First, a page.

2.1.1. Mailing Lists A way of sharing information is to subscribe to a mailing list Mailing list and the groups they represent, sometimes called discussion group The server that runs the email list software is sometimes called a list server because it runs the list Information and opinions are sent to discussion group by posting (or sending) Commands request the list server to take a prescribed action Mailing list messages are simply email messages that express ideas or ask questions

2.1.2. Newsgroups The Usenet News Service, or Usenet, was a way of collecting information and storing it by topic category Topic categories were originally called newsgroups or forums Another popular term is Internet discussion group A distributed database is stored in multiple physical locations, with portions of the database replicated in different locations A newsgroup stores items on a server as articles or postings that are sorted by topic A series of postings on a particular issue is called a thread The server that stores a newsgroup is called a news server The store-and-forward process is called obtaining a feed Newsfeed are delivered through a program that includes a summary and link Newsreaders were programs designed for communicating with news server computers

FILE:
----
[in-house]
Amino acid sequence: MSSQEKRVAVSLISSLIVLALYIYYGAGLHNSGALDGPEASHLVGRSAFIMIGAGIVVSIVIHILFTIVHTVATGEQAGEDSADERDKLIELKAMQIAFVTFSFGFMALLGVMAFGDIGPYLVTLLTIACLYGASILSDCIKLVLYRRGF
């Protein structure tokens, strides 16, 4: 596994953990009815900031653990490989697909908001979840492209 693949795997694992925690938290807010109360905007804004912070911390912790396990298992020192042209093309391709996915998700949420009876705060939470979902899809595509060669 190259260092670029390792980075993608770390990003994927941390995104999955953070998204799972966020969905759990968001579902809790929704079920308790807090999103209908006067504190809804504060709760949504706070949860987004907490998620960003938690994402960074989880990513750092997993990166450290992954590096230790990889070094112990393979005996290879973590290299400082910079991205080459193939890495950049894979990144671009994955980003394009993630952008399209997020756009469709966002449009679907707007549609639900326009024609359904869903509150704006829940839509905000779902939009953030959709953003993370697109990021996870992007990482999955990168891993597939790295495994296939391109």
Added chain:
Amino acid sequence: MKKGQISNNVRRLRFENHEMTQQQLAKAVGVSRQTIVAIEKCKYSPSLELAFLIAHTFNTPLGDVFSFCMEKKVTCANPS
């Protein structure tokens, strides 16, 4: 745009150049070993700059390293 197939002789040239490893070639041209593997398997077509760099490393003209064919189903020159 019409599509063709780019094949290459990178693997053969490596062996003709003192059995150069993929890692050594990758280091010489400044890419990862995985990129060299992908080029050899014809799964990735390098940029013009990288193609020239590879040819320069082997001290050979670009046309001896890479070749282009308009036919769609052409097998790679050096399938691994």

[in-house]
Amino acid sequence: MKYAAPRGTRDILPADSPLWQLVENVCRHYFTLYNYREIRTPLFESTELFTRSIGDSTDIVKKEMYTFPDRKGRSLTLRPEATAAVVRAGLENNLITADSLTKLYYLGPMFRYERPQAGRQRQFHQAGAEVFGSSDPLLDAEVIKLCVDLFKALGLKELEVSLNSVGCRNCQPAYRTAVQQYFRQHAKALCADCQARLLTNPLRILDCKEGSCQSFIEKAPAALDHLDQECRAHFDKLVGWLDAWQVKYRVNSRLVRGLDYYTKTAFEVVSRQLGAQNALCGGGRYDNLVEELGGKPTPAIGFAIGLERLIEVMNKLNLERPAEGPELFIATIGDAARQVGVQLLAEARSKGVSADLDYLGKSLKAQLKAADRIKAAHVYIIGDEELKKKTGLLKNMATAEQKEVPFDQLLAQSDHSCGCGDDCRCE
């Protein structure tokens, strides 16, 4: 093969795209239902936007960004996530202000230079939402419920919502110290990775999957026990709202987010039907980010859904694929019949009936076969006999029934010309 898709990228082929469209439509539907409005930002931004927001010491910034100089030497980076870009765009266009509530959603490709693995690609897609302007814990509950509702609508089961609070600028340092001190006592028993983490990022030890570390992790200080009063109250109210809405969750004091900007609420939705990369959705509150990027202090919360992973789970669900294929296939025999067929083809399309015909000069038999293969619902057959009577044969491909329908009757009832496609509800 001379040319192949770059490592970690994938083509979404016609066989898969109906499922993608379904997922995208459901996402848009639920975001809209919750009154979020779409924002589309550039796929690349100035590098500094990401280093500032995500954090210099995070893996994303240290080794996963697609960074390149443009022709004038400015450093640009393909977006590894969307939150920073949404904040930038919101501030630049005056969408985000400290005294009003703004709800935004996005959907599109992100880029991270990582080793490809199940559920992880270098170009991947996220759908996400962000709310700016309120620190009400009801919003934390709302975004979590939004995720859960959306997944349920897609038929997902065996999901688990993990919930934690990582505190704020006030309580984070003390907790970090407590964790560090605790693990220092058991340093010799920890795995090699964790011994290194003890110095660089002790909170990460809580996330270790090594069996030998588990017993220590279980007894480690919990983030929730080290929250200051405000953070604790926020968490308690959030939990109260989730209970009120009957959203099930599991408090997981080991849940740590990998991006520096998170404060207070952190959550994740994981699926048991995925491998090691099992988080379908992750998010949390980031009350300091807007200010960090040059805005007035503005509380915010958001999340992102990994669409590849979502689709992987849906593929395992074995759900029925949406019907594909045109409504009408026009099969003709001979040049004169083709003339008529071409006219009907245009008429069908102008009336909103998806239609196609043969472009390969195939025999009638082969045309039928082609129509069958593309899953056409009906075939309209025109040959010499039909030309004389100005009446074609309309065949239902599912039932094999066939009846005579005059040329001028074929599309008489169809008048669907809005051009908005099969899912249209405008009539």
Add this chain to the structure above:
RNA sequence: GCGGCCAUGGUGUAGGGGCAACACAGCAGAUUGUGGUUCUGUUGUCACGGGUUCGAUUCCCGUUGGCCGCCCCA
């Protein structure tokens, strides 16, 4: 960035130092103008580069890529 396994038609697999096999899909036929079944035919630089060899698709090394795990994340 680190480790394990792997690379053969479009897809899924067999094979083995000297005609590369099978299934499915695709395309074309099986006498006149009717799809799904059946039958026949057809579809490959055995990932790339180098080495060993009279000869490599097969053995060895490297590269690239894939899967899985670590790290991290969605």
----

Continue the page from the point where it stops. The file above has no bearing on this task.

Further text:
3. Social Bookmarking Sites

3.1. Social bookmarking is similar to saving a bookmark in your browser

3.2. refers to the process of saving bookmarks to a public Web site that you can access from any computer connected to the Internet

4. Mashups

4.1. A software program uses an Application Programming Interface (API) as a means of communication with an operating system or some other program

4.2. The term Web services describes the process of organizations communicating through a network to share data, without any required knowledge of each other’s systems

4.3. In a mashup, a developer combines the services from two different sites using the APIs from one or both sites to create a completely new site that uses features from one or both sites

5. Using Social Network to Share Information

5.1. Web 2.0 is a term coined to describe the changed Internet in which users interact with content

5.2. A virtual community, now more commonly called an online social network, is a place on the Internet where people can gather to discuss issues and share information

6. Online Business & Political Networks

6.1. The users of online business networks are looking for specific business solutions

6.2. Examples of online business networks: LinkedIn, Sermo, Ryze

6.3. Online political networks allow people to discuss issues, plan strategies, and even arrange in-person gatherings called meetups

7. Protect Your Privacy and Identify on Social Networks

7.1. Considerations include: Many people have the same name, falsified ages Cyberbullying, or using Internet communication to harass, threaten or intimidate someone By making your information public, you put yourself at risk

7.2. Protecting Your Reputation Many employers check social networking sites Although postings can be deleted, information is archived False information can be posted about people